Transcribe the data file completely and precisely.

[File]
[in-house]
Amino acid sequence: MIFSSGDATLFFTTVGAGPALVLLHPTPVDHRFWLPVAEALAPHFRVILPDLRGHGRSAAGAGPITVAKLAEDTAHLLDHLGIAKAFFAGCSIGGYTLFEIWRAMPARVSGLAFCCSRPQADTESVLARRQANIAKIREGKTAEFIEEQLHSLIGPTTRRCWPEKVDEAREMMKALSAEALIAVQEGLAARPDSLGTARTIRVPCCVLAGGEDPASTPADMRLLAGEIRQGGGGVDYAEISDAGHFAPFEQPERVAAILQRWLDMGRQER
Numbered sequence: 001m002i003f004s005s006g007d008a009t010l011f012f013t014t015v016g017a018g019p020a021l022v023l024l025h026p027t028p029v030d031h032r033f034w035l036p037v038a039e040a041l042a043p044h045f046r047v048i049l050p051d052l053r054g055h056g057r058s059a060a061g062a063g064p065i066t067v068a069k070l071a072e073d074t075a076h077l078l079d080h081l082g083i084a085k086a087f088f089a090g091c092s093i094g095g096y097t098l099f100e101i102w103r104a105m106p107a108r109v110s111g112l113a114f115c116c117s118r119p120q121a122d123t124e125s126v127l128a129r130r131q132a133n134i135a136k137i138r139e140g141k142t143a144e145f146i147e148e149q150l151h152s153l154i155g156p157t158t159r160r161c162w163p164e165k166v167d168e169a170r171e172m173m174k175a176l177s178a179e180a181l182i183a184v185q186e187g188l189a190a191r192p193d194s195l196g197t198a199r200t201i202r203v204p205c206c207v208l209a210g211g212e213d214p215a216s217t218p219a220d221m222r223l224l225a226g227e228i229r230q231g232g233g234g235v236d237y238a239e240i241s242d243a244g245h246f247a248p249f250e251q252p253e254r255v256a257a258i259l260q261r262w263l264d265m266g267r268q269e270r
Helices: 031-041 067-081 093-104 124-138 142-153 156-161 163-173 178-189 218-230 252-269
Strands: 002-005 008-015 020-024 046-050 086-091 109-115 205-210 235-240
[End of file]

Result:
[in-house]
Amino acid sequence: MIFSSGDATLFFTTVGAGPALVLLHPTPVDHRFWLPVAEALAPHFRVILPDLRGHGRSAAGAGPITVAKLAEDTAHLLDHLGIAKAFFAGCSIGGYTLFEIWRAMPARVSGLAFCCSRPQADTESVLARRQANIAKIREGKTAEFIEEQLHSLIGPTTRRCWPEKVDEAREMMKALSAEALIAVQEGLAARPDSLGTARTIRVPCCVLAGGEDPASTPADMRLLAGEIRQGGGGVDYAEISDAGHFAPFEQPERVAAILQRWLDMGRQER
Numbered sequence: 001m002i003f004s005s006g007d008a009t010l011f012f013t014t015v016g017a018g019p020a021l022v023l024l025h026p027t028p029v030d031h032r033f034w035l036p037v038a039e040a041l042a043p044h045f046r047v048i049l050p051d052l053r054g055h056g057r058s059a060a061g062a063g064p065i066t067v068a069k070l071a072e073d074t075a076h077l078l079d080h081l082g083i084a085k086a087f088f089a090g091c092s093i094g095g096y097t098l099f100e101i102w103r104a105m106p107a108r109v110s111g112l113a114f115c116c117s118r119p120q121a122d123t124e125s126v127l128a129r130r131q132a133n134i135a136k137i138r139e140g141k142t143a144e145f146i147e148e149q150l151h152s153l154i155g156p157t158t159r160r161c162w163p164e165k166v167d168e169a170r171e172m173m174k175a176l177s178a179e180a181l182i183a184v185q186e187g188l189a190a191r192p193d194s195l196g197t198a199r200t201i202r203v204p205c206c207v208l209a210g211g212e213d214p215a216s217t218p219a220d221m222r223l224l225a226g227e228i229r230q231g232g233g234g235v236d237y238a239e240i241s242d243a244g245h246f247a248p249f250e251q252p253e254r255v256a257a258i259l260q261r262w263l264d265m266g267r268q269e270r
Helices: 031-041 067-081 093-104 124-138 142-153 156-161 163-173 178-189 218-230 252-269
Strands: 002-005 008-015 020-024 046-050 086-091 109-115 205-210 235-240